The EU is stepping up humanitarian support with an additional €5 million as the Democratic Republic of Congo continues to experience its biggest Ebola outbreak to date. The confirmed death toll of the epidemic now stands at over 1,000 people. With today’s announcement, total EU funding to tackle the disease in the country amounts to €17 million since 2018.
Christos Stylianides, Commissioner for Humanitarian Aid and Crisis Management and EU Ebola Coordinator said: “The EU is committed to continue helping partners and the authorities fight Ebola in the Democratic Republic of Congo for as long as it takes. Since the outbreak last year, the EU has provided funding, experts, medical evacuation equipment, our humanitarian flight service and helped neighbouring countries. We are also supporting the health sector in the country and the development of Ebola vaccines and treatments. Yet the disease remains a serious threat and all must be done to curb the epidemic. Aid workers must also be free to do their lifesaving job without the threat of violence.”
The EU funding announced today supports the World Health Organisation as well as other partners to ensure access to health care and infection and prevention measures, working with local communities to promote understanding, acceptance and support of the response, and social protection and nutritional support to survivors and their families.
The Ebola response in the country has had to face a number of serious and continuous challenges, including high population mobility, weak health structures and poor community acceptance of the contagion prevention measures. On top of these is the ongoing conflict in the affected areas, the violent attacks perpetrated on Ebola treatment centres and response teams.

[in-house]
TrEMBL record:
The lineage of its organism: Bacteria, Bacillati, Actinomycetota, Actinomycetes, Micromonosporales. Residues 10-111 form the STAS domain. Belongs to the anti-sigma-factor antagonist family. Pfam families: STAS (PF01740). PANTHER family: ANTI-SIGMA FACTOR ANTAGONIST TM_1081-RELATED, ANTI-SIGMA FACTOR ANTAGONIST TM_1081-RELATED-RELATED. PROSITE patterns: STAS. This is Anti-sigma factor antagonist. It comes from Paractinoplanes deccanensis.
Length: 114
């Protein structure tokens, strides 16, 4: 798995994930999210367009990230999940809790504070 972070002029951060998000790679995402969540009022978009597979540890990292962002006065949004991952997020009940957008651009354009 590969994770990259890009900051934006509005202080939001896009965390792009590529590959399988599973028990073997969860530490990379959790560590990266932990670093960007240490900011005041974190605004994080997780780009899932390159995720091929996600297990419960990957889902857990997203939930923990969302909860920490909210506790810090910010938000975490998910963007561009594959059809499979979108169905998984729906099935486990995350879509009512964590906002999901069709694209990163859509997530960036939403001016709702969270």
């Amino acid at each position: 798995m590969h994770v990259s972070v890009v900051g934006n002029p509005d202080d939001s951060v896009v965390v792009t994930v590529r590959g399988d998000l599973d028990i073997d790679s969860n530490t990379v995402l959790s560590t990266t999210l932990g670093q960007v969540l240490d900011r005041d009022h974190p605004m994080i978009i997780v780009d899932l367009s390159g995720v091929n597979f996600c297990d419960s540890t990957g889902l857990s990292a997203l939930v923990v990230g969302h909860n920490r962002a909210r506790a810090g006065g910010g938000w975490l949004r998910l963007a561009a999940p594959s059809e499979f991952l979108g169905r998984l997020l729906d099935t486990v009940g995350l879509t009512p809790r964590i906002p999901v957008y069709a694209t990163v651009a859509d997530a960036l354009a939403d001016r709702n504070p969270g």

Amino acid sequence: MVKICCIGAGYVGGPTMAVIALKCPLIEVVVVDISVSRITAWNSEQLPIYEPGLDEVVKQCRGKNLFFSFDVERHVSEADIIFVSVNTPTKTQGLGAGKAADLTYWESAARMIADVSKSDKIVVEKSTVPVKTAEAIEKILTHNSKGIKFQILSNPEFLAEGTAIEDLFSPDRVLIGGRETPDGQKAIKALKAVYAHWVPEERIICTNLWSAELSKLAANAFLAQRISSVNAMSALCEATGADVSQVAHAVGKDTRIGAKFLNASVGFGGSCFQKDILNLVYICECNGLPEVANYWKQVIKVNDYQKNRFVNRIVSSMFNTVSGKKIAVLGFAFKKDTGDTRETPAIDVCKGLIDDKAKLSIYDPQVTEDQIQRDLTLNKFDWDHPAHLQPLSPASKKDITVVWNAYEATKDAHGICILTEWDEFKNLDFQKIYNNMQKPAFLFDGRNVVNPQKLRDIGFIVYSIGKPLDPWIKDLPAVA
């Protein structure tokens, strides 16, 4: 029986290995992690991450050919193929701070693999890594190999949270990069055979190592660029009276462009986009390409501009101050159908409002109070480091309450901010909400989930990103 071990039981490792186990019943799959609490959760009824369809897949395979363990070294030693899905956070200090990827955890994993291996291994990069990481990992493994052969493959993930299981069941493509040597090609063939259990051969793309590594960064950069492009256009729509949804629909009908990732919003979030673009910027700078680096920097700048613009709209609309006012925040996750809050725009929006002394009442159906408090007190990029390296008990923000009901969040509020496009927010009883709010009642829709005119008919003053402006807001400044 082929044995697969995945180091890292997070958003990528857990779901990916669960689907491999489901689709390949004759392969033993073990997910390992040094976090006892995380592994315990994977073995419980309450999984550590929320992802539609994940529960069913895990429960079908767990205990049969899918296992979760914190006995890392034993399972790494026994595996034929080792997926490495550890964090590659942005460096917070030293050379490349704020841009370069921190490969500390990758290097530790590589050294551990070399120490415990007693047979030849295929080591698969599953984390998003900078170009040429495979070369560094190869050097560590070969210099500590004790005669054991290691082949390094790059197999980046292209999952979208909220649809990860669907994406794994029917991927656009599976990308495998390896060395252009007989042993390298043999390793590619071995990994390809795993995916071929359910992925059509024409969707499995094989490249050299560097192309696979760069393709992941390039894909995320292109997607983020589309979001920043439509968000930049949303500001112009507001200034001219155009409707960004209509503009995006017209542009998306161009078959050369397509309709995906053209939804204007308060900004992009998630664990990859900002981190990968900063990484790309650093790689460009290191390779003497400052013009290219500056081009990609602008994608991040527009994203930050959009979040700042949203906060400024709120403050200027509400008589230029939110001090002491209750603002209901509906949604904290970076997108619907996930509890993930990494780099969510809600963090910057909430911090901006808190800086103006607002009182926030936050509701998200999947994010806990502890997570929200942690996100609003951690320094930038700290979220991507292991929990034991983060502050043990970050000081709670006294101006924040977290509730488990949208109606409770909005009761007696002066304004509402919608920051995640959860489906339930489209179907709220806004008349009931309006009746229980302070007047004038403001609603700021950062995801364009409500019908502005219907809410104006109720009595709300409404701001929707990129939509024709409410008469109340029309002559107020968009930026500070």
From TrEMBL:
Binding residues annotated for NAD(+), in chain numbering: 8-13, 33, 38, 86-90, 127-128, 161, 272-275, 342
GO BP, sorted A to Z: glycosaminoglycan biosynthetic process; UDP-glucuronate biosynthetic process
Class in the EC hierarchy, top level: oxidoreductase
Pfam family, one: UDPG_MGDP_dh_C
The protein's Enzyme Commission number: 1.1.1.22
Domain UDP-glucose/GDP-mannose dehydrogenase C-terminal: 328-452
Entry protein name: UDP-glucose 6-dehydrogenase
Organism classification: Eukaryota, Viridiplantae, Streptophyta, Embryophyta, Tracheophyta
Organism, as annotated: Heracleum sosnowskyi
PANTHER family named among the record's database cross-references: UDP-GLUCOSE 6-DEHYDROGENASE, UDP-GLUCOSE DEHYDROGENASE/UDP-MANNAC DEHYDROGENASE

The Ebola virus epidemic in the Democratic Republic of Congo has so far been confined to the eastern provinces of North Kivu and Ituri, both torn by long-standing conflicts, aggravating an already fragile humanitarian situation.
In response to the outbreak, the EU provides financial support to humanitarian partners involved in various actions in the Ebola response. EU humanitarian health experts in the Democratic Republic of Congo are involved in the coordination of the response and are in daily contact with health authorities, the World Health Organisation and operational partners. Furthermore, the European Centre for Disease Prevention and Control sent an epidemiologist to Butembo, the second epicentre of the outbreak, between November and December 2018 to provide further technical and specialised support and is closely following the development of the outbreak.
The EU’s Humanitarian Air Service, ECHO flight, regularly transports personnel, supplies and equipment to various Ebola-affected areas. It has operated so far over 80 flights.
The EU Civil Protection Mechanism has been activated twice in relation to the outbreak, upon request of World Health Organisation. Norway, which is a participating state in the Mechanism, dispatched a specialised team to the Democratic Republic of Congo to give training to health workers on the use of high-tech isolation units that it had given to support the Ebola response for use in specific medical evacuation cases. Upon a second request by the World Health Organisation, Norway provided three additional isolation units, and is offering further training sessions on their operation. The EU co-finances 85% of the transport costs involved for this assistance deployed through the Mechanism.
The EU has also financially supported Ebola vaccine development and research on Ebola treatments and diagnostic tests.
In addition to the emergency response, the EU is implementing a development cooperation programme to support the health sector.
Outside the DRC, EU humanitarian funds have also been helping in the reinforcement of preparedness and prevention measures in neighbouring countries to avoid a spillover of the outbreak.
For more information
Factsheet: EU response to the Ebola epidemic